Little Wing: The True Story of a Little Girl From Massachusetts

Paramount+’s coming-of-age film ‘Little Wing’ revolves around a 13-year-old named Kaitlyn who grapples with her parents’ impending divorce and her mother’s financial struggles. Desperate to help out, she devises a plan to steal a prized racing pigeon owned by a man named Jaan, believing that selling it could alleviate their financial woes. However, as she sets her plan in motion, Kaitlyn forms an unexpected friendship with Jaan, leading her to question her initial motives and priorities. As Jaan introduces her to the nuances of pigeon racing, a shared passion begins to blossom, igniting a profound connection between the two.

Through their shared experiences in the niche sport, Kaitlyn not only discovers a newfound interest but also gains invaluable insights into life itself. Director Dean Israelite skillfully navigates the delicate themes of their evolving relationship, crafting a narrative that brims with the potential for friendship, personal growth, and unexpected love. The true story that served as the basis for the film’s story is equally remarkable, serving as proof of the enduring power of the human spirit and extraordinary journeys of self-discovery.

The Real Story of a Teen Named Sedona Murphy Inspired Little Wing

‘Little Wing’ stands as a testament to the exceptional writing of the screenplay written by John Gatins. He drew inspiration from a 2006 piece penned by Susan Orlean and published in The New Yorker, titled ‘Little Wing: When Homing Pigeons Leave Home.’ The report is based on the true story of a 13-year-old girl named Sedona Murphy, who was raising and fostering racing pigeons of her own. Orlean drew a detailed picture of the girl, her family, and the sport itself, outlining themes of belonging and a sense of home that both the birds and the humans crave.

Pigeon racing is a competitive sport that involves releasing specially trained homing pigeons from a specific location, with the birds racing back to their respective lofts. Owners prepare their pigeons meticulously, focusing on physical conditioning and training to optimize performance. Once released, the pigeons rely on their keen sense of direction and homing instinct to navigate back home, often covering vast distances across diverse terrain. Owners eagerly await the return of their birds, tracking their progress through timing devices and binoculars. In 2006, Sedona, a baseball and soccer player and also an enthusiastic ballerina, resided with her mother, Maggie, and twin brother, Patrick, in a house on East Fifth Street in South Boston, Massachusetts.

Sedona’s enchantment with pigeons blossomed when Maggie’s friend Bill Hussey, proprietor of a hundred-bird racing team, Hussey-N-Da Lofts, introduced her to the captivating world of racing pigeons. While the family shared affection for their Australian shepherd, cat, and gecko, it was the avian companionship that truly captured Sedona’s heart. Hussey gifted Sedona two baby pigeons named Soleil and Stella Luna. Enamored by these feathered creatures, Sedona eagerly joined the South Shore Pigeon Flyers, acquiring additional pigeons from fellow members. As her avian family expanded, reaching a total of 18 birds, practical considerations prompted a change in their living arrangements.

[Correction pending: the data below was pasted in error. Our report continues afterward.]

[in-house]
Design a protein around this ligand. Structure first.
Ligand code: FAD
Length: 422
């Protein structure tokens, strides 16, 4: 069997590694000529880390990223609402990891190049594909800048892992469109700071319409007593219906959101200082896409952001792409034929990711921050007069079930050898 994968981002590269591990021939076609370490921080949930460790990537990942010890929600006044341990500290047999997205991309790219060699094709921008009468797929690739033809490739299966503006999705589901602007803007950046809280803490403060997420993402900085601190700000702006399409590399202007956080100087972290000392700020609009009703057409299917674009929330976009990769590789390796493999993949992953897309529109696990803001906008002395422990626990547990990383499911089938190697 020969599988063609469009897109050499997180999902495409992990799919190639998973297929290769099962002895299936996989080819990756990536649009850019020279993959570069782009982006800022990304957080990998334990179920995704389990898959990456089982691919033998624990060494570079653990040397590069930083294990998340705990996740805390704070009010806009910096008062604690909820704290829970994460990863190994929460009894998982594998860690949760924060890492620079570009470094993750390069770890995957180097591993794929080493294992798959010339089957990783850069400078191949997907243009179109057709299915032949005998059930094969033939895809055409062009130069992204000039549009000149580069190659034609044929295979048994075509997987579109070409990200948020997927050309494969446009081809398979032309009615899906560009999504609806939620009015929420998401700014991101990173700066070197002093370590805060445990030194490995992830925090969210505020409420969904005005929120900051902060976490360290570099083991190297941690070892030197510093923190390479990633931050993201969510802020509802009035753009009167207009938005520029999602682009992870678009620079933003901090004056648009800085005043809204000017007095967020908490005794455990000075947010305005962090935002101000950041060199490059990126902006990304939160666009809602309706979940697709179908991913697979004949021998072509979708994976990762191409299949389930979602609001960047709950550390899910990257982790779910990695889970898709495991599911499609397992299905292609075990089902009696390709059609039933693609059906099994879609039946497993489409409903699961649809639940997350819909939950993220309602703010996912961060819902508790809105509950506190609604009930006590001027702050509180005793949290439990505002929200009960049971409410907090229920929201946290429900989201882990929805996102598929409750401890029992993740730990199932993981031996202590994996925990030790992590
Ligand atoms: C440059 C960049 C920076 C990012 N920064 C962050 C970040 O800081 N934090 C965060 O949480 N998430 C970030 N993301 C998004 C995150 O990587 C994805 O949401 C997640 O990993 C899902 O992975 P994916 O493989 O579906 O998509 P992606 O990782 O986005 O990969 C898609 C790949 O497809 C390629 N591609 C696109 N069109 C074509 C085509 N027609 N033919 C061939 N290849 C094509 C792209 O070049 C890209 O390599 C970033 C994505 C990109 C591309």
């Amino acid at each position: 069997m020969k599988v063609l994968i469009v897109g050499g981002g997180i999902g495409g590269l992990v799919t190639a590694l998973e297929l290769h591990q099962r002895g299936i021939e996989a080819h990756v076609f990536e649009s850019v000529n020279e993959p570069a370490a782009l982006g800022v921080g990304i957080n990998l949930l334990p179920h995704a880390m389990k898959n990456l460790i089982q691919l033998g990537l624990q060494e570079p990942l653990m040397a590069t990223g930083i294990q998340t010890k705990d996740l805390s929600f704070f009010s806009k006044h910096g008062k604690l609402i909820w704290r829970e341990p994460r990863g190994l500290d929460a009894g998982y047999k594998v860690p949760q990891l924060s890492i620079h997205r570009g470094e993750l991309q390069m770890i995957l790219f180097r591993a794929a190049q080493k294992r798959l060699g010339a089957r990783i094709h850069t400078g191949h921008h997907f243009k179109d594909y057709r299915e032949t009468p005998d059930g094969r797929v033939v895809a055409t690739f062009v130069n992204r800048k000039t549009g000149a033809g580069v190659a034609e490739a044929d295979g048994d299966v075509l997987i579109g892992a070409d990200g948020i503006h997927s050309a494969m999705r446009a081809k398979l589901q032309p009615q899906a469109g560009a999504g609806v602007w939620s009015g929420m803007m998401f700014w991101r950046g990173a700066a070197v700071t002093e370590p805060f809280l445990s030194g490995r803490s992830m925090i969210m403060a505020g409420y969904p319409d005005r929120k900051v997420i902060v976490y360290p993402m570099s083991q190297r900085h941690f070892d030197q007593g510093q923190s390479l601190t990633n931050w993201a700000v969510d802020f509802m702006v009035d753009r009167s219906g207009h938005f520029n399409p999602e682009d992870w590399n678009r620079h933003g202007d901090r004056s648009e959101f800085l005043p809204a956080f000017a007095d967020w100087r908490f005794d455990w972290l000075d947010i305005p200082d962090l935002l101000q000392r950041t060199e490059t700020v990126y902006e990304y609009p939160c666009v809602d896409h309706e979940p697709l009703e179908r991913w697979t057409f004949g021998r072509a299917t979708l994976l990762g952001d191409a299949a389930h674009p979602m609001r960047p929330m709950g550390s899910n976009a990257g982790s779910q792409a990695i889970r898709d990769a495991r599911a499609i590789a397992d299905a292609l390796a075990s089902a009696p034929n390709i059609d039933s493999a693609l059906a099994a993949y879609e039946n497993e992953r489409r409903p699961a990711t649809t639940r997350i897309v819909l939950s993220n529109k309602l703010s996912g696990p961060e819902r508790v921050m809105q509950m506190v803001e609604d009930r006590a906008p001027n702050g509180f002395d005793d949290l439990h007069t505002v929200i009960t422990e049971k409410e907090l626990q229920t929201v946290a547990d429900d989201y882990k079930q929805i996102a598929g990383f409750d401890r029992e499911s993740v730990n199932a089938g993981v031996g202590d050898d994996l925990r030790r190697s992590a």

Initially housed in a rabbit cage indoors, the growing flock soon proved disruptive to the other household pets, prompting Maggie to seek alternative accommodations. In 2006, Maggie decided to relocate her family to a better and larger home in Southborough in Worcester County. She observed changes in the neighborhood and realized that many of her acquaintances had already moved away. Despite the sentimental value of the family’s long-held house, the opportunity to reside in a property spanning an acre of land was too enticing for Maggie to pass up. As they prepared for the move, Sedona faced the difficult task of parting with her beloved pigeons.

Relocating racing pigeons presents a daunting task due to their strong homing instincts and attachment to their original loft. The birds’ innate ability to navigate vast distances back to their home poses a challenge when moving them to a new location. Adaptation to unfamiliar surroundings, weather conditions, and separation from their familiar flock and caretakers further complicate the process. Sedona left her pigeons with the South Shore Pigeon Flyers headquarters. Although leaving her pigeons behind was heart-wrenching for Sedona and seeing the empty garden tugged at her emotions, she understood that making a new home with her mother was what she had to do.

Sedona’s passion for birds has remained steadfast over the years, guiding her academic pursuits and career trajectory. After earning a Bachelor’s in Science from Haverford College, she continued her education at Stanford University, where she obtained her PhD in Genetics with a focus on 3D genome research. Today, Sedona serves as a distinguished science fellow at the Yale School of Medicine, based in New Haven, Connecticut. Committed to promoting diversity and inclusivity in academia, she channels her expertise and dedication towards advancing scientific knowledge and fostering a supportive environment for all scholars.

While the film may deviate in some aspects for dramatic effect, the essence and inspiration behind the original story remain intact. At its heart, the narrative draws from real-life events, experiences, and emotions that the protagonists encountered. The feelings of home-building, the changing of the idea of a home, and the truth that some homes can no longer be remade remain intact in both the original story and the film. ‘Little Wing’ captures this through all its instruments and makes for a brilliant cinematic experience.

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